Summer is the perfect time to go on vacation. The weather is great, the kids are out of school, and if you’re like millions of families across the nation, you’ll load up the old family truckster and hit the open road, because taking a road trip is a great way to spend quality time with family and friends.
It can be expensive, however, so we’ve put together a list of five things you should do before you leave that could save you some money.
1. Take Your Car in for a Pre-trip Tune-up
Don’t end up like Chevy Chase in “National Lampoon’s Vacation” when he asks a mechanic how much his vehicle repairs will cost and is asked: “How much you got?” Get your vehicle serviced and road-ready before you pull out of the driveway. Have a trusted mechanic take care of the essentials – brakes, oil change, fluid checks and tire alignment, rotation and inflation – at least a week before you start packing for your trip. If your vehicle has been making any strange noises, be sure to let your mechanic know because it’s better to be safe than sorry.
Most owner’s manuals recommend oil changes between 3,000 and 5,000 miles, and it’s important to follow these guidelines to keep your vehicle running smoothly. Oil lubricates the moving parts of the engine and dirty oil – or a lack of clean oil – can cause significant damage to the engine…and that can mean expensive repairs.
Improperly inflated tires reduce gas mileage. Ensure your tires are filled to the proper psi, which can increase your gas mileage by an average of 0.6 percent as reported by the National Highway Traffic Safety Administration. Drivers with underinflated tires waste 3.5 million gallons of gas a day, according to Schrader International.
2. Don’t Overpay for Gas
Unfortunately, fuel prices increase the most after Memorial Day when road trips and family vacations are on the rise. Researching gas prices when you’re mapping out a route can help keep costs down. And when you do need to stop for gas while you’re travelling, select an exit with multiple gas stations and avoid pulling into the first one off of the exit ramp
Consulting an app like GasBuddy is a great way to find the best prices when on the road. If you’re traveling across state lines, remember to check the price of gas because the difference can add up fast. California has the highest gas prices in the U.S., with an average price per gallon of $2.89, according to GasBuddy, but gassing up in Arizona can shave 66 cents off the price per gallon. If you have an 18 gallon tank, this translates to $11.88 in savings.
3. Pack Your Meals
Another great way to save money is to pack meals, choosing grocery stores and farmers’ markets over fast food. Making meals is cheaper than dining out at a restaurant, so keep a cooler with sandwich fixings, fruit and yogurt, and bring easy snacks like trail mix and jerky. Making your own sandwich can save you up to $4 over what you might pay in a typical deli, depending on what you top it with.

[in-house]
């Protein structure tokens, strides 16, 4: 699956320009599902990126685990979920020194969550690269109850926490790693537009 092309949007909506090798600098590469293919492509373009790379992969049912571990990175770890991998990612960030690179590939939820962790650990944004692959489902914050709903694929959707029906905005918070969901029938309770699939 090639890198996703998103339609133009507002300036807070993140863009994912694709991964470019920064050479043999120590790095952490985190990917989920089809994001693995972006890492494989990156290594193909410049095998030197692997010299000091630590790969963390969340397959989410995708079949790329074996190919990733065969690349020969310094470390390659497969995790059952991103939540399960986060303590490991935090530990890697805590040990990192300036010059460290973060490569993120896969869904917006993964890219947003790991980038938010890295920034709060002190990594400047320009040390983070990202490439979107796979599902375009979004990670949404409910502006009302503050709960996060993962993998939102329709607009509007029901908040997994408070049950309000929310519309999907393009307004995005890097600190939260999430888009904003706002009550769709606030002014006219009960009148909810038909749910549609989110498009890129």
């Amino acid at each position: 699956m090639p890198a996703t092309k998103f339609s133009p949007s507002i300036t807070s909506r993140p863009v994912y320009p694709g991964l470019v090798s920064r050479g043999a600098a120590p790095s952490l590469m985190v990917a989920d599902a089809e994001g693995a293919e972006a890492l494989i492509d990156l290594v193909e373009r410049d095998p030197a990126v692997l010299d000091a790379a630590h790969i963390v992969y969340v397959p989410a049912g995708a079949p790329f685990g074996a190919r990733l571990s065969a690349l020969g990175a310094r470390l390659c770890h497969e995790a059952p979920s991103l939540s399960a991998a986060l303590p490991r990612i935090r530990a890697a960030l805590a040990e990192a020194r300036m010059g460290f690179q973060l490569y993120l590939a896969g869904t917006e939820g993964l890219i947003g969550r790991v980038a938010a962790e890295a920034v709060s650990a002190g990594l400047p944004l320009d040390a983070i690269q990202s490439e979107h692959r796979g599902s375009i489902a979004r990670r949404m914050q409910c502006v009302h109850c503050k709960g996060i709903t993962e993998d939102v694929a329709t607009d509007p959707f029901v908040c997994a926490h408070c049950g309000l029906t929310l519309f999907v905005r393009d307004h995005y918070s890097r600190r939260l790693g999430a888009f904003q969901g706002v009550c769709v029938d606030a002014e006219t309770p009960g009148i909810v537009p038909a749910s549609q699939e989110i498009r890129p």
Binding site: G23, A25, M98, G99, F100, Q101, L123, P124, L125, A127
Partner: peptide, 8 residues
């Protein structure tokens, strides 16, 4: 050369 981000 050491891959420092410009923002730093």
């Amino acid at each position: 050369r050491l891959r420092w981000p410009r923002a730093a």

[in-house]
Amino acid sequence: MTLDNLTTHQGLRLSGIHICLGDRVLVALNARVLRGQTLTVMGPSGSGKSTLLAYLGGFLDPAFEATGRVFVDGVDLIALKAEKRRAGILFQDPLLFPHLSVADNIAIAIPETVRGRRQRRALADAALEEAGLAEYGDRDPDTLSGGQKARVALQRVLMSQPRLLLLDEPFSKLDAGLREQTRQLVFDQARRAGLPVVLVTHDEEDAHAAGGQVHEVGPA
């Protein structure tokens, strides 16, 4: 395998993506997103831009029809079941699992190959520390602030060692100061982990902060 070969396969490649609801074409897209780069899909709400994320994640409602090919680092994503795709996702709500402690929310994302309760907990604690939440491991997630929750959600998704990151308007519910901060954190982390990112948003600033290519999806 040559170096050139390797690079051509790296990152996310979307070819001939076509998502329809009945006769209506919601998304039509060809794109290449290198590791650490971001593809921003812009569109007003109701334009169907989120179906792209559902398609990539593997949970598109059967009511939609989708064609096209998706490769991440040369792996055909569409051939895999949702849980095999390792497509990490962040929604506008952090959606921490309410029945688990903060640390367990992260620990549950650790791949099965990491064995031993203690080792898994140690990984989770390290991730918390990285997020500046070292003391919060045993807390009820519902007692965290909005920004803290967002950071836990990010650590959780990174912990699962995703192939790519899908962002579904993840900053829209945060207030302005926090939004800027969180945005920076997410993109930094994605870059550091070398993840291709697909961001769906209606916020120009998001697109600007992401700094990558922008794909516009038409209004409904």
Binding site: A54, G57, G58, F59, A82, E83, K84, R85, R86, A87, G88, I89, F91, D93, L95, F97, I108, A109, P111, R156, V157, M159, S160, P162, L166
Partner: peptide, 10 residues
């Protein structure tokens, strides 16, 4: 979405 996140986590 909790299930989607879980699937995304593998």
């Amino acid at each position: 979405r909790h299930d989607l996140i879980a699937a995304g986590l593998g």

Bringing food will also minimize snack pit stops, and you’ll probably end up eating healthier on your road trip, too.
4. Slow Down
The U.S. Department of Energy reports that aggressive driving behaviors like speeding, rapid acceleration and slamming on the brakes can dramatically affect fuel conservation, lowering gas mileage by as much as 33 percent on the highway. Aggressive driving costs you money and is extremely unsafe.
Conservative drivers can save up to 24 cents per gallon (and, with the typical gas tank holding 18 gallons, a savings of $4.32 per tank), according to a study conducted by the Environmental Protection Agency.
5. Avoid Expensive Lodging
No matter what kind of vacation you intend to take – whether you’re camping in National Parks or choosing 5-star hotel accommodations – you can keep lodging costs down by planning ahead. The typical 4-star hotel room in the U.S. costs an average of $100 a night, and five-star accommodations can run upwards of $200 a night, according to Trivago.
If you’re staying in hotels, try using an online reservation site to book accommodations in advance. Travel websites like Travelocity, Expedia and Priceline can help you find the best price. Another option is to book directly through the hotel. Marriot, for example, guarantees rewards program members the lowest rates available. And if you find rates lower than those on their site then they will match it and give you an additional 25 percent off. Many hotels and independent companies offer similar savings through member rewards programs. Remember to keep your eyes peeled for promotions, special rates and coupons to keep costs as low as possible.
Camping along your route can reduce lodging costs as well. Primitive camp sites – those without bathroom facilities and running water – are often free or low cost. You can view free and low cost camping sites through freecampsites.net. Camping in State and National Parks at established campgrounds is another great option, especially if you’re planning on exploring. According to the National Park Service, site costs range from $15 to $26 per night. Be sure to reserve these sites in advance, especially for the more popular parks, because availability is limited. If you’re planning to visit multiple parks, consider investing in a National Park Pass.
Remember, you don’t have to break the bank to make life-long memories with family and friends.